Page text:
Poetry

The First Woman Above the Moon

 

What keeps her going is fear of failure.

She stays in her head all her life

and in pyjamas two-thirds of it.

The weekly singing classes in the flat next door

she can stand, but not the moaning that comes afterwards.

Once she had a nightmare, the phone rang,

somebody needed something from her.

The damaged brain of Jim’s mother.

The nights spent staring at others’ windows.

On the table unpeeled shrimps.

When an inspector wants to check if she has a TV set

she asks him, do I look like a telly watcher to you?

She used to pinch herself, hard.

Now in the footsteps of A. Lowen she makes crying

her daily routine, like toothbrushing.

She abandoned the woman she was before,

chronically hungry.

In winter she loves to merge with the dark crowd of the city.

A deep listener, no limits.

She smells like fire. You would kill for her curls.

It is not about the length of a crying session but its depth.

 

 

First appeared in Banshee, Ireland, issue # 7 autumn/winter 2018

 

 

 

 

Above All

 

When hanging morning laundry the low sun flattered my back.

Lingerie on the washing line flirted with the breeze.

I stood firmly on Mother Earth who was on my side doing her daily labour.

Clouds swam into the chimney by themselves,

the enigma of skies didnt require any explanation.

Serenity boiled over like milk.

I did not desire to be someone else or somewhere else,

there was no need to rush to or emerge from.

Neither quadratic equations nor carbon compounds threatened me.

Lovers, friends, foes, a career, all my illusions

I bartered for silence.

 


Originally published in Envoi (UK), Issue179, June 2018

 

 

Her Mother Hides in the Wardrobe

 

Julia wears a pink dress and earrings,

has green eyes and a pony tail.

She has herpes, hepatitis, thrush,

staphylococcus, cervical erosion, HIV.

 

She lives with her mum and dad in

a studio flat in an old district of Kiev.

They have three cats: Hanka, Efedra,

Morifius – opium, ephedrine, morphine.

 

She learns English before the summer,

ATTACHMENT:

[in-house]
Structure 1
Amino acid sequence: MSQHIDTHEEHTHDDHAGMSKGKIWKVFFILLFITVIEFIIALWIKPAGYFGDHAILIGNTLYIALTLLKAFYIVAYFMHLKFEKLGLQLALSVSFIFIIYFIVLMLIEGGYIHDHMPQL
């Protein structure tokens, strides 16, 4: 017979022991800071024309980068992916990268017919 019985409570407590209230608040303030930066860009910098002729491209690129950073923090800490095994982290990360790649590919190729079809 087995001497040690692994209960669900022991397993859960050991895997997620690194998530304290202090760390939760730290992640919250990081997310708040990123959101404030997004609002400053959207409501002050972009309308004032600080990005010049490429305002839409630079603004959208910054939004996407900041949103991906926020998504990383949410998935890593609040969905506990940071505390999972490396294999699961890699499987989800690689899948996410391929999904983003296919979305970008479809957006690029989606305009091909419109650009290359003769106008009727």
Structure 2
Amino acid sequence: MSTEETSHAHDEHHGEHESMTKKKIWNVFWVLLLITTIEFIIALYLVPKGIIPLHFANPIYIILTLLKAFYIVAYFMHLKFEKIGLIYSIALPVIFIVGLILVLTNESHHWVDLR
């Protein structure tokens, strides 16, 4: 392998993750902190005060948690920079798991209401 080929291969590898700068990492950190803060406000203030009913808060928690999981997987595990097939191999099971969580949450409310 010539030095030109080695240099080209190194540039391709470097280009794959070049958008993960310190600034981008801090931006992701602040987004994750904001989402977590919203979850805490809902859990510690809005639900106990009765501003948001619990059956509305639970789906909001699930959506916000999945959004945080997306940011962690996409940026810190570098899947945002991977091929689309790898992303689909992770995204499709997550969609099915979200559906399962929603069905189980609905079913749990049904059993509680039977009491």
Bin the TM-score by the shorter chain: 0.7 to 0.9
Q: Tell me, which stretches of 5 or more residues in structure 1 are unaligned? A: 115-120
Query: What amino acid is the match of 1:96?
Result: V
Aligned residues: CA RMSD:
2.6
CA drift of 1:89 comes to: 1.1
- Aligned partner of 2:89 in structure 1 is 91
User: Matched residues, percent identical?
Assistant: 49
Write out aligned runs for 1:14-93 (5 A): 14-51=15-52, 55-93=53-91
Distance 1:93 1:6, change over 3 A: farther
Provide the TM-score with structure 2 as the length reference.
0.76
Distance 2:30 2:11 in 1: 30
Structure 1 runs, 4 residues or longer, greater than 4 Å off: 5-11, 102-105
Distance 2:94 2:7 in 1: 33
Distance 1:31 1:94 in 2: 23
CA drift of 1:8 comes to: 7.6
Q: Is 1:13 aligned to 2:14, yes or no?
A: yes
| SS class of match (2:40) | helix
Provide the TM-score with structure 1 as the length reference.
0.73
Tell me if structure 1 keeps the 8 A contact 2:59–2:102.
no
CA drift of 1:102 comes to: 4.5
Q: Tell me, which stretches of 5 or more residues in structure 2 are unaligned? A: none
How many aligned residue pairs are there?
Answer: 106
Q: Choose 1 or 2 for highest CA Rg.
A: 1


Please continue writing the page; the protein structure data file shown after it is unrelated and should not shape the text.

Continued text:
My name is Julia, fifty minutes fifty dollars.

 


Originally published in the anthology „Hallelujah for 50ft Women,” Bloodaxe Books, 2015

 

 

 

This is What is Happening to Me

 

Because it happens nothing is happening

or will happen to me.

What I am offered is what is left,

unneeded. It exists because of

short-sightedness of fat cats.

It is gold of the unhappy

and undernourished.

It is invisible, like earwax

that becomes a feast for a roach

crawling into your ear at night.

Or it is transparent like the cheeks

of your sister dying of AIDS.

It is what we are fed on

and what we have to beg for.

It is too little to wear pink glasses

and too much to join the joy-choir.

It is not only that, it is something

you never get because you are the last

in the queue or are the middle sibling.

It exists, you see it clearly,

watching them guzzle from silver bowls.

 

 

First appeared in Cyphers (Ireland), Issue 85, Spring/Summer 2018

 

 

 

Homage to Stanisław Barańczak and Tomaž Šalamun

 

It is the ninth of January, the fifth Sunday this week.

A heavenly café hovers among the slow clouds.

It is a hothouse with a glass bottom where tourists,

if allowed in, could be watched by rainbow-like fish.

 

Staszek and Tomaž in dressing gowns, soft slippers

do not look down or back. They are playing chess.

The aroma of pipe tobacco wafts through the room.

One can hear the sound of grey matter hissing.

Above their heads

porcelain figurines dance around a blue cabbage.

 

 

Originally published in Stand (UK), Issue 218, Volume 16 Number, 2 May – June 2018